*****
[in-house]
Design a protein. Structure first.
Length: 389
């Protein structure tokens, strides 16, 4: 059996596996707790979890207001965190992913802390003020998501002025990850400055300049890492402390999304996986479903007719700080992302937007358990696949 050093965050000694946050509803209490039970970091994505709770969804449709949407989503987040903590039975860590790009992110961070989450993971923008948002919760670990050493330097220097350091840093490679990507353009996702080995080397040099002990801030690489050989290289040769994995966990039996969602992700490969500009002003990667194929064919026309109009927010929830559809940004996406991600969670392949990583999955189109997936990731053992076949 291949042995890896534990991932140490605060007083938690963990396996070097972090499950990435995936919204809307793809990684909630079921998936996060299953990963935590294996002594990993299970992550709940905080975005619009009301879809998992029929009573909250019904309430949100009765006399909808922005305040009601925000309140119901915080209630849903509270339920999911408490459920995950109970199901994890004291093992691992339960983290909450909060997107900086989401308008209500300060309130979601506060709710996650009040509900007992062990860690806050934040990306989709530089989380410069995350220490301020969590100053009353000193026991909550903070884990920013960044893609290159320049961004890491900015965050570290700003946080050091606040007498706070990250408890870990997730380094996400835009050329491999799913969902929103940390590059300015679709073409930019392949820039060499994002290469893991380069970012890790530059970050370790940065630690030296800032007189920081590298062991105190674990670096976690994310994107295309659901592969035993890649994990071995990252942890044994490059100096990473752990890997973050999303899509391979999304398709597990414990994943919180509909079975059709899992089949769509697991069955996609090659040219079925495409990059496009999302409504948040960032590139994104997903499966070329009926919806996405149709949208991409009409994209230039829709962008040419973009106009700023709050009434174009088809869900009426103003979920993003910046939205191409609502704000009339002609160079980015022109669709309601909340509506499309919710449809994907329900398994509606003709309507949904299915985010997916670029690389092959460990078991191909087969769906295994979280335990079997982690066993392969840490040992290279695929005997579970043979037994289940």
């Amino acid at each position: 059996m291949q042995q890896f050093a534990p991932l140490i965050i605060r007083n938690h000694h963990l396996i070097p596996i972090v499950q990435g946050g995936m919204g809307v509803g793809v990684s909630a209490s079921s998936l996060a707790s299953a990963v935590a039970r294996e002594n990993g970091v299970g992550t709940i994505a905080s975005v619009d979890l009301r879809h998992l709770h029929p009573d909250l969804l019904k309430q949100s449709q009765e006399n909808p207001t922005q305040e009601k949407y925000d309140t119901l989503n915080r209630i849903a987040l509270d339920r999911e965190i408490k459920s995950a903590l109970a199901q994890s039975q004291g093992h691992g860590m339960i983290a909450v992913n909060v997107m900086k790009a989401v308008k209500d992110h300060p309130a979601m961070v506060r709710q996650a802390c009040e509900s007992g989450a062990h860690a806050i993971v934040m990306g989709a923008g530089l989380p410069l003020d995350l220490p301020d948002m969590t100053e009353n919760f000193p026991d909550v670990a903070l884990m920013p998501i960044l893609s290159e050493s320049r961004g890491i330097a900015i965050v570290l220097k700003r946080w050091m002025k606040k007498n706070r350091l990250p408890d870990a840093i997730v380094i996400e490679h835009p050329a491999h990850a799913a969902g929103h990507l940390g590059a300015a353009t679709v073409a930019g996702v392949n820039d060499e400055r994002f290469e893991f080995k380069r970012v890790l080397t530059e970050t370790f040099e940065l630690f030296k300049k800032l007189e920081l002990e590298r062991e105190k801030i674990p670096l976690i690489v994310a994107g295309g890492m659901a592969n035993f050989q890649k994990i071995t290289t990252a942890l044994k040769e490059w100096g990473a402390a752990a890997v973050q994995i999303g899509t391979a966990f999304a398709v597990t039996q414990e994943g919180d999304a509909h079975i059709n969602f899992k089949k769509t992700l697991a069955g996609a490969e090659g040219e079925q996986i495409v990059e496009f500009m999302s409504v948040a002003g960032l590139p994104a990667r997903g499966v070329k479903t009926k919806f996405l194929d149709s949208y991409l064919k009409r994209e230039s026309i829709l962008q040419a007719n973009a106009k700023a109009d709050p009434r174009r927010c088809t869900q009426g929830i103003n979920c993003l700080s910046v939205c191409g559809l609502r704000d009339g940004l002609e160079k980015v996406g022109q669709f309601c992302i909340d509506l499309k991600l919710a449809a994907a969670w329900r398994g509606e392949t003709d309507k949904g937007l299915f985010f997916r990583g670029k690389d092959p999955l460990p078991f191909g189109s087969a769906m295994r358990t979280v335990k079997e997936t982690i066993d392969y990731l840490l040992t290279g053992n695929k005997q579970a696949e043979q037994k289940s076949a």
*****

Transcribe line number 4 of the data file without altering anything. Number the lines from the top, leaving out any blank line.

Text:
């Protein structure tokens, strides 16, 4: 059996596996707790979890207001965190992913802390003020998501002025990850400055300049890492402390999304996986479903007719700080992302937007358990696949 050093965050000694946050509803209490039970970091994505709770969804449709949407989503987040903590039975860590790009992110961070989450993971923008948002919760670990050493330097220097350091840093490679990507353009996702080995080397040099002990801030690489050989290289040769994995966990039996969602992700490969500009002003990667194929064919026309109009927010929830559809940004996406991600969670392949990583999955189109997936990731053992076949 291949042995890896534990991932140490605060007083938690963990396996070097972090499950990435995936919204809307793809990684909630079921998936996060299953990963935590294996002594990993299970992550709940905080975005619009009301879809998992029929009573909250019904309430949100009765006399909808922005305040009601925000309140119901915080209630849903509270339920999911408490459920995950109970199901994890004291093992691992339960983290909450909060997107900086989401308008209500300060309130979601506060709710996650009040509900007992062990860690806050934040990306989709530089989380410069995350220490301020969590100053009353000193026991909550903070884990920013960044893609290159320049961004890491900015965050570290700003946080050091606040007498706070990250408890870990997730380094996400835009050329491999799913969902929103940390590059300015679709073409930019392949820039060499994002290469893991380069970012890790530059970050370790940065630690030296800032007189920081590298062991105190674990670096976690994310994107295309659901592969035993890649994990071995990252942890044994490059100096990473752990890997973050999303899509391979999304398709597990414990994943919180509909079975059709899992089949769509697991069955996609090659040219079925495409990059496009999302409504948040960032590139994104997903499966070329009926919806996405149709949208991409009409994209230039829709962008040419973009106009700023709050009434174009088809869900009426103003979920993003910046939205191409609502704000009339002609160079980015022109669709309601909340509506499309919710449809994907329900398994509606003709309507949904299915985010997916670029690389092959460990078991191909087969769906295994979280335990079997982690066993392969840490040992290279695929005997579970043979037994289940």